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Written by Kate Peppiatt, ('23)

Although many students dread the “fun fact” icebreaker, Xaiver Williams always has something interesting to share. “My father spelled his own middle name wrong on the birth certificate,” Xaiver laughs, “ultimately, that’s why my name is spelled X-a-i-v-e-r.” 

The junior Music Education major from Hampton, VA originally came to JMU because of his experience participating in the summer band camps. A self-proclaimed band nerd, Xaiver emphasizes that witnessing this program helped him “see the school come to life.” He argues that anyone interested in JMU should visit the school during the school year or summer programs so they can observe the community atmosphere firsthand. 

While Xaiver and his family instantly fell in love with JMU, he was originally hesitant to join the Honors College. Wanting to dedicate his time to other extracurricular activities, he was wary about the perceived workload that comes with the Honors name. However, after meeting Dr. Davis at a Madison Vision Series event, he decided to give Honors a try. Applying as a Track II student, Xaiver has now become an integral part of the Honors community. 

Working to fit Honors curriculum into his busy schedule, Xaiver has opted to create Honors options within many of his music courses. The Honors option allows students to turn a regular academic class into Honors credit by adding an additional element⎯whether it be a traditional paper or creative project⎯to explore the content by having the student do a deeper dive into something they are interested in. For Xaiver, this has provided him the perfect opportunity to use Honors as a means to develop his personal and professional goals. 

Xaiver is also using his Honors Capstone Project to explore one of his academic interests. He began working on his Capstone in one of his education classes. He researched the role of educators in the success of African American students. Using the information he learned from his project, he began to formulate a plan to continue his research. This idea manifested into Xaiver’s Capstone Project, “The Role of Black Male Educators in the Lives of Black Male Students: Decreasing the School to Prison Pipeline in the Commonwealth of Virginia.” Electing to pursue the creative Capstone option, Xaiver plans to create a 15-20 episode podcast. On each episode, he will interview different individuals in the state to learn about their perception or experience with this topic. Currently applying for the prestigious Hillcrest Scholarship, Xaiver is working hard to turn his proposal into a physical project; he already has the wheels in motion. He is excited to announce that Rodney Robinson, the 2019 National Teacher of the Year, as agreed to be a guest on his podcast.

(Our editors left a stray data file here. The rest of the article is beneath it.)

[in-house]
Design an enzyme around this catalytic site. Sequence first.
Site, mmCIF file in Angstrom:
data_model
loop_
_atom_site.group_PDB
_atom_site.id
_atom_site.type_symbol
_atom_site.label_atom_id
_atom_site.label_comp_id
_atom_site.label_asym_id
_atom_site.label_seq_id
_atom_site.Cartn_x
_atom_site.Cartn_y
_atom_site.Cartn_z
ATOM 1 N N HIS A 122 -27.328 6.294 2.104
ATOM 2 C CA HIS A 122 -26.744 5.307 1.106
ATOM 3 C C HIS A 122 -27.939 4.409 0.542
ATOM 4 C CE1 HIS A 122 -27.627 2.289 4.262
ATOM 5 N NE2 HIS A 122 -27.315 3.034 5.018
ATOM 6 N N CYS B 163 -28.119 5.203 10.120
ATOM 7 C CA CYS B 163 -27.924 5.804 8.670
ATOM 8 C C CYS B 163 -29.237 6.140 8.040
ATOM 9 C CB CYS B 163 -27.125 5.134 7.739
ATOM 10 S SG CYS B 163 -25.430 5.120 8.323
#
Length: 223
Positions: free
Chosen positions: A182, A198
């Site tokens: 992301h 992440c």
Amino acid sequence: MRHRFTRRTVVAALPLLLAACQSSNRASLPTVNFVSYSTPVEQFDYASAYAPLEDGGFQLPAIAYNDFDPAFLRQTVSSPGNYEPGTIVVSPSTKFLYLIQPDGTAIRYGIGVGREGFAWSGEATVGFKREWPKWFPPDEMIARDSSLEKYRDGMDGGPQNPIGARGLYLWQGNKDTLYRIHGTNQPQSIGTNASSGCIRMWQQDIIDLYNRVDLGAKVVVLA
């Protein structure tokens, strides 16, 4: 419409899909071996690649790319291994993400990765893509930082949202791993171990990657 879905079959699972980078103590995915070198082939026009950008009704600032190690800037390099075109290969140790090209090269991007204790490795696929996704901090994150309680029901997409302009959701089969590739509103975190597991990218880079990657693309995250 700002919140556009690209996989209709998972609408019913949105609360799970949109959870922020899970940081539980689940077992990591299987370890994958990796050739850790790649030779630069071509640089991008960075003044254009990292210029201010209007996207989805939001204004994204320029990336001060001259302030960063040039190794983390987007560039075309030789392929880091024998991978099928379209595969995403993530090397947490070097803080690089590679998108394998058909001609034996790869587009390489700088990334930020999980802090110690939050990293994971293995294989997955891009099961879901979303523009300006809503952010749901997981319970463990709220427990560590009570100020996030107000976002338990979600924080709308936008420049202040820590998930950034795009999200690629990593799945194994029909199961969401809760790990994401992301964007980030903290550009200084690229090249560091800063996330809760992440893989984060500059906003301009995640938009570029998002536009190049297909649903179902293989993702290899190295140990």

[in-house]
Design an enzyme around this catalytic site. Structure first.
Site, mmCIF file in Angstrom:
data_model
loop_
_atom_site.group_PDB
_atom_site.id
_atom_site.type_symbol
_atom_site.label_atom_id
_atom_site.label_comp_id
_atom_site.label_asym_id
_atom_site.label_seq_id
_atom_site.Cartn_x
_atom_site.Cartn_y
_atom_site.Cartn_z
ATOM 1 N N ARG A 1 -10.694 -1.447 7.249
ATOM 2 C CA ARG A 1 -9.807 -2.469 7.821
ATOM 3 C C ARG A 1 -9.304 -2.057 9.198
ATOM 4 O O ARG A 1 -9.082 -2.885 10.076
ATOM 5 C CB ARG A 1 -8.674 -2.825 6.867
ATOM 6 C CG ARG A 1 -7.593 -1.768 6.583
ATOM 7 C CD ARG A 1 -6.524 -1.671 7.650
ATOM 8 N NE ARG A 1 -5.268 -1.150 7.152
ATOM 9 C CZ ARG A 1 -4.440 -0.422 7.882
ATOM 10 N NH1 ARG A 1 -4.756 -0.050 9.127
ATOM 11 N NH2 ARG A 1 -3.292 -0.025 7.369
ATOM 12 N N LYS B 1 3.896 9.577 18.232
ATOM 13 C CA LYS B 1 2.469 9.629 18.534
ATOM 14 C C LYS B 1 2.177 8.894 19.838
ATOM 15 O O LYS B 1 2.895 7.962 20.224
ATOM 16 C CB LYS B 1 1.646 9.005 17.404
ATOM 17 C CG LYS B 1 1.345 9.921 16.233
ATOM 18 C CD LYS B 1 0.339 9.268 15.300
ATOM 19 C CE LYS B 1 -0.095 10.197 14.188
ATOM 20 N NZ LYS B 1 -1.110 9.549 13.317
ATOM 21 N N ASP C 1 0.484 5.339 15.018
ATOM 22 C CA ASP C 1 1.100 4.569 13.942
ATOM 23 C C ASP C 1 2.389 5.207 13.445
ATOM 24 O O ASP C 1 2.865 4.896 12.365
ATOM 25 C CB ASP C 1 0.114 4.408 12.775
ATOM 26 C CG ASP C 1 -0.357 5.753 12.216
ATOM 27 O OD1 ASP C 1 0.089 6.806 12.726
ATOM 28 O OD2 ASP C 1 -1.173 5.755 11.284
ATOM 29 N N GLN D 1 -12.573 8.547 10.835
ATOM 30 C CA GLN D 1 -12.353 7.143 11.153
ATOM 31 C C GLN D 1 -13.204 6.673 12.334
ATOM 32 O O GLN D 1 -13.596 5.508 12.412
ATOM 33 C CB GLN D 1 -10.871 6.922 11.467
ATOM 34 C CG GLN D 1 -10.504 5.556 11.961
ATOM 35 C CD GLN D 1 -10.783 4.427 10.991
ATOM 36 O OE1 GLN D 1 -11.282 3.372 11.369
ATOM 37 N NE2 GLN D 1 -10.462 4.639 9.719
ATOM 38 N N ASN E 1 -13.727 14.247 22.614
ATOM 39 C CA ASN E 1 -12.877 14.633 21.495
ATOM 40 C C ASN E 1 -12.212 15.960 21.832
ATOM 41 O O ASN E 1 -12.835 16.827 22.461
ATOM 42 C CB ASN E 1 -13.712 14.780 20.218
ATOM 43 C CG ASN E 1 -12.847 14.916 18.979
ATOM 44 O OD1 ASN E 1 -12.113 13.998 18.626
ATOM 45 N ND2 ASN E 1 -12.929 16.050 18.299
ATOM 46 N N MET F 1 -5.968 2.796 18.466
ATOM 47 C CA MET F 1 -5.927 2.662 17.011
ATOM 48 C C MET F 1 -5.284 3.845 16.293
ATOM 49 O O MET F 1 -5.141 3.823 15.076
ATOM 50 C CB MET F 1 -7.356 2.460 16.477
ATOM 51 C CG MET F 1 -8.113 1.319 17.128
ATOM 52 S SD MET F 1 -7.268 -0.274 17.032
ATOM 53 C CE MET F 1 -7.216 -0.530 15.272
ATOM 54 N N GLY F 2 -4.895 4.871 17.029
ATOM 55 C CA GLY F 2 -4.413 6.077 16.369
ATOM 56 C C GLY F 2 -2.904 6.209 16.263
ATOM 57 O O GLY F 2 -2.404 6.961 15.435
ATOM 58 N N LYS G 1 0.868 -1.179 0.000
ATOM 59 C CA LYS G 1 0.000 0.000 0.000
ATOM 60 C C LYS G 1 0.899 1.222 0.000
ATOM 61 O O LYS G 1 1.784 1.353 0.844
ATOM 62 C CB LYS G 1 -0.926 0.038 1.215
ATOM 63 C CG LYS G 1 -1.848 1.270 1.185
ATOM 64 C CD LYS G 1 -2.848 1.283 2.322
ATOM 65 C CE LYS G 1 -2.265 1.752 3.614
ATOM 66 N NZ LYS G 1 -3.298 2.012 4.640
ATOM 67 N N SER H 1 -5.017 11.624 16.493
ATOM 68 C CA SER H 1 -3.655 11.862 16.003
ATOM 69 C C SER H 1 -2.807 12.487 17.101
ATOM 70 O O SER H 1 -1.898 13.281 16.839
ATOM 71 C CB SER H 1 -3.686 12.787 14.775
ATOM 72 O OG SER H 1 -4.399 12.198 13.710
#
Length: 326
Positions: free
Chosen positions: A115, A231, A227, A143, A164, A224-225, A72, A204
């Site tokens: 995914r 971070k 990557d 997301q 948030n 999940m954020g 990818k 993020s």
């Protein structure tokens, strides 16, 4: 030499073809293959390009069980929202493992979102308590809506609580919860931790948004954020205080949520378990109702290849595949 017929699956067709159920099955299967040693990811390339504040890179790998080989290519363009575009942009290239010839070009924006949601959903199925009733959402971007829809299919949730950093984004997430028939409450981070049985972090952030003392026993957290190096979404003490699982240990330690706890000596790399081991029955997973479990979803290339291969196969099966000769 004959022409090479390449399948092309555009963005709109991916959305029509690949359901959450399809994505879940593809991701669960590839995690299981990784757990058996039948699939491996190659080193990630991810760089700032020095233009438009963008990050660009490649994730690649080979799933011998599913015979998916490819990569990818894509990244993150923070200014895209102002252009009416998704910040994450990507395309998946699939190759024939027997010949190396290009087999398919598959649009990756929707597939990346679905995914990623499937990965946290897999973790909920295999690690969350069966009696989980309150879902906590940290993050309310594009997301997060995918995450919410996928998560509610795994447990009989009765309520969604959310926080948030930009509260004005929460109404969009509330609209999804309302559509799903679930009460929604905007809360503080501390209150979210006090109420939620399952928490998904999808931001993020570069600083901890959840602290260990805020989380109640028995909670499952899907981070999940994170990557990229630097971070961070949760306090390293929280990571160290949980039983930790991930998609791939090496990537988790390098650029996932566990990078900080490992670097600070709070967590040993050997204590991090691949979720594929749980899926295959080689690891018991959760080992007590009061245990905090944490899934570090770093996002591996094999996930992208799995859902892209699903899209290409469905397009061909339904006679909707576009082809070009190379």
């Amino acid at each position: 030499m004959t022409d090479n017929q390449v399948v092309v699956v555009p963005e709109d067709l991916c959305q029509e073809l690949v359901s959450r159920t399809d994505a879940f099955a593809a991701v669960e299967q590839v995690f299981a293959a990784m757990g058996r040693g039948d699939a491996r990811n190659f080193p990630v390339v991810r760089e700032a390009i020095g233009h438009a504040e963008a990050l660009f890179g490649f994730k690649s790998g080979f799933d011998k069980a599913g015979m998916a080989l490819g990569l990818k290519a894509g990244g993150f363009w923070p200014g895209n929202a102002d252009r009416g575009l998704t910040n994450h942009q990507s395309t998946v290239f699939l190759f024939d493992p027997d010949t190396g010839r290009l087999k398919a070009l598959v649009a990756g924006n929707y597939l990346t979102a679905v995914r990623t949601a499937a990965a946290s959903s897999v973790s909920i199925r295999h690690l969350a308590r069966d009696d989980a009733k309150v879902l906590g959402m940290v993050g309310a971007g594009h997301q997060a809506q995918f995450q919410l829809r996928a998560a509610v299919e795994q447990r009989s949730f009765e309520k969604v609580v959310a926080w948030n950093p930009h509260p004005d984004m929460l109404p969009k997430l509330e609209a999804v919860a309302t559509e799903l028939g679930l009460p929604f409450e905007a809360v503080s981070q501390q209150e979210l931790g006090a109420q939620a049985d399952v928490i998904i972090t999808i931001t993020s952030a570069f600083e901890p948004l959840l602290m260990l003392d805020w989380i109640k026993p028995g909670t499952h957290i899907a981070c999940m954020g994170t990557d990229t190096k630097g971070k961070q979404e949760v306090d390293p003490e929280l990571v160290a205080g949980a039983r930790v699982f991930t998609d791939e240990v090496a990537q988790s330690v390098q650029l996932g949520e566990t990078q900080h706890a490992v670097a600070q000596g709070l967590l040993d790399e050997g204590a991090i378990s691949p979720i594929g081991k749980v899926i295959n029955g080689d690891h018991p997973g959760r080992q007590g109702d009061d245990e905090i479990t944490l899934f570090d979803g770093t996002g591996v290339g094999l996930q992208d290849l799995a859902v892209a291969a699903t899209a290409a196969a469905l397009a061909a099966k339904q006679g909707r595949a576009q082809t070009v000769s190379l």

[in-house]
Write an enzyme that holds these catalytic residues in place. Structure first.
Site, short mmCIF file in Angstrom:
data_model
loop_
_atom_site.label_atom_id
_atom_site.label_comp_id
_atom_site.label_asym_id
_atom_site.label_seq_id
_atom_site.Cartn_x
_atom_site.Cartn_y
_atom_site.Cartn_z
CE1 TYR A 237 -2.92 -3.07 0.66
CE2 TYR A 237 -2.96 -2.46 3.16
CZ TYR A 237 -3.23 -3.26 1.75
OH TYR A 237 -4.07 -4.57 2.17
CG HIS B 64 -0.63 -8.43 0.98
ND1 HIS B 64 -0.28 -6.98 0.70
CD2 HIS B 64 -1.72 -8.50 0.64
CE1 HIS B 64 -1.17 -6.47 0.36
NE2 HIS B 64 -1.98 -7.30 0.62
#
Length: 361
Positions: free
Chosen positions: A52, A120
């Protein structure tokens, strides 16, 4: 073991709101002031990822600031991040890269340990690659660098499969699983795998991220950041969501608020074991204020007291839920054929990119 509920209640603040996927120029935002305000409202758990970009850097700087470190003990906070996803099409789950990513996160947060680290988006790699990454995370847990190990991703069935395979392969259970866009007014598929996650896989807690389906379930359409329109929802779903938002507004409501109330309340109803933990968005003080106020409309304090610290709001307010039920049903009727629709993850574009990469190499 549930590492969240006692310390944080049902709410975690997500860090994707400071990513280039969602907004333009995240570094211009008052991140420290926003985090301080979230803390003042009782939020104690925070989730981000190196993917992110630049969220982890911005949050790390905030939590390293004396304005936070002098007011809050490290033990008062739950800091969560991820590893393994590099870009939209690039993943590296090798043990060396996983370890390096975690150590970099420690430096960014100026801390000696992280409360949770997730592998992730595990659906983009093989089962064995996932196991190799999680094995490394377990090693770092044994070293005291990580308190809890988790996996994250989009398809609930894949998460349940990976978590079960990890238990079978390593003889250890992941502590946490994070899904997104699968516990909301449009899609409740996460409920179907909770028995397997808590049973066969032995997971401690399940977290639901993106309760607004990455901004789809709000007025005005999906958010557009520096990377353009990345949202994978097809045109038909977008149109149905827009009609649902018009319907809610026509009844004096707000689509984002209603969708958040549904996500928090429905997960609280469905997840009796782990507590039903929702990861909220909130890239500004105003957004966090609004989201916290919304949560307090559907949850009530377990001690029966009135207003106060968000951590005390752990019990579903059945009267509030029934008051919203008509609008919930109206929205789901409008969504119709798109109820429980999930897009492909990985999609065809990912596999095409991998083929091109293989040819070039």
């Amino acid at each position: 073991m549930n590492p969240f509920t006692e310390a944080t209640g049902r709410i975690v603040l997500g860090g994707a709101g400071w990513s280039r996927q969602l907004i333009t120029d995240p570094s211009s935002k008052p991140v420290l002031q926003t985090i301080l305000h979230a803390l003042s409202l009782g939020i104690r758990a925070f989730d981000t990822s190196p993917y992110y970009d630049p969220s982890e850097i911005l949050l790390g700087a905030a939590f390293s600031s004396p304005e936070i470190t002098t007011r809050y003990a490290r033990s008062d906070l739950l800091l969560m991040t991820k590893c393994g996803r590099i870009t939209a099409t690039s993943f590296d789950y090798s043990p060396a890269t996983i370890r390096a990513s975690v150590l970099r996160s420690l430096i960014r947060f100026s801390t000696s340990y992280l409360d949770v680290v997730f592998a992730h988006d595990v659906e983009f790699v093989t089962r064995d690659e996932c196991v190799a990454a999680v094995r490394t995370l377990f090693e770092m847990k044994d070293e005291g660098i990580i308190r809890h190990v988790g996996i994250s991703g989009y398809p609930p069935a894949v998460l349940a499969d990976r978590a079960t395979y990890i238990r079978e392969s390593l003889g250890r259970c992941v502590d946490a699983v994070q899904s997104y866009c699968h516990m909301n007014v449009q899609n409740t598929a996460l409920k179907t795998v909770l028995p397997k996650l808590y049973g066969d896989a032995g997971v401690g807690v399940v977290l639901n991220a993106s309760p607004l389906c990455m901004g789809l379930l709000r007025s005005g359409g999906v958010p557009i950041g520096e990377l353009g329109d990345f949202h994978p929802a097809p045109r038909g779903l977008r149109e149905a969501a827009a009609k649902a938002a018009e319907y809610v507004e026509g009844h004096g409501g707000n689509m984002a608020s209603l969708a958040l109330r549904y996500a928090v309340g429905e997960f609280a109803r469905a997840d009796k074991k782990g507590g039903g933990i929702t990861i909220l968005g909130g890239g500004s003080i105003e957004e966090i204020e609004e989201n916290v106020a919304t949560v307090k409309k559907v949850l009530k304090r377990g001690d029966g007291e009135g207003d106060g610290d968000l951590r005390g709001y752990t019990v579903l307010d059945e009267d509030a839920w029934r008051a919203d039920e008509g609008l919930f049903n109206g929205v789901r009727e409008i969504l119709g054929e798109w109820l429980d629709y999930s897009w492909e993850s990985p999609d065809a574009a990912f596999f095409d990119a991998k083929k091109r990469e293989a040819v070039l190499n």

In addition to his academic endeavors, Xaiver is also an active participant in a variety of activities across campus. He contributes to the JMU Task Force for Racial Equity: Awareness and Communication Committee, and he is a member of the Black Leadership Coalition. He serves as an intern in the Office of the President and as an ambassador for the College of Visual and Performing Arts. 

If that is not impressive enough, Xaiver also has the “honor to serve” as the Student Representative to the Board of Visitors. Xaiver describes his role using the metaphor of a bridge: he forms the connection between the 22,000 students of JMU and the individuals serving on the Board of Visitors. He explains that the Board of Visitors is a 15-member committee appointed by the governor of Virginia to oversee JMU. As the “visionary leader of the university,” the board evaluates JMU where it is and pushes the university to where it needs to go. 

Xaiver is adamant that he is “called to leadership.” He naturally wants to step into leadership positions to ensure that every individual is heard. Xaiver became interested in the Student Representative position because he believes “there are students on campus who have a voice who are not necessarily being represented.” After being elected as the Student Representative, he leads with the goals of transparency and meeting students where they are. Every quarter, he presents information to the board about what JMU students are thinking and feeling. He then works alongside the board to create tangible solutions; he wants students to be able to see the change. Xaiver emphasizes, “students need to be able to see themselves in our vision.” 

For example, after discussing the impact of COVID-19 with several acapella organizations across campus, who primarily make their money from ticket sales, Xaiver worked alongside school administrators to create the first annual cornhole tournament during Homecoming week. All the money raised from the tournament will be filtered back into student organizations. Different clubs will have the chance to apply for this funding because of Xaiver’s hard work to show the students of JMU that they have a voice. 

Looking to the future, Xaiver aspires to work in education. Throughout his life, he has considered pursuing a career as a preacher, politician, or teacher. In whatever career path he ends up pursuing, Xaiver will continue to strive to leave a positive impact, just as he has been doing at JMU. His name is one to remember. 

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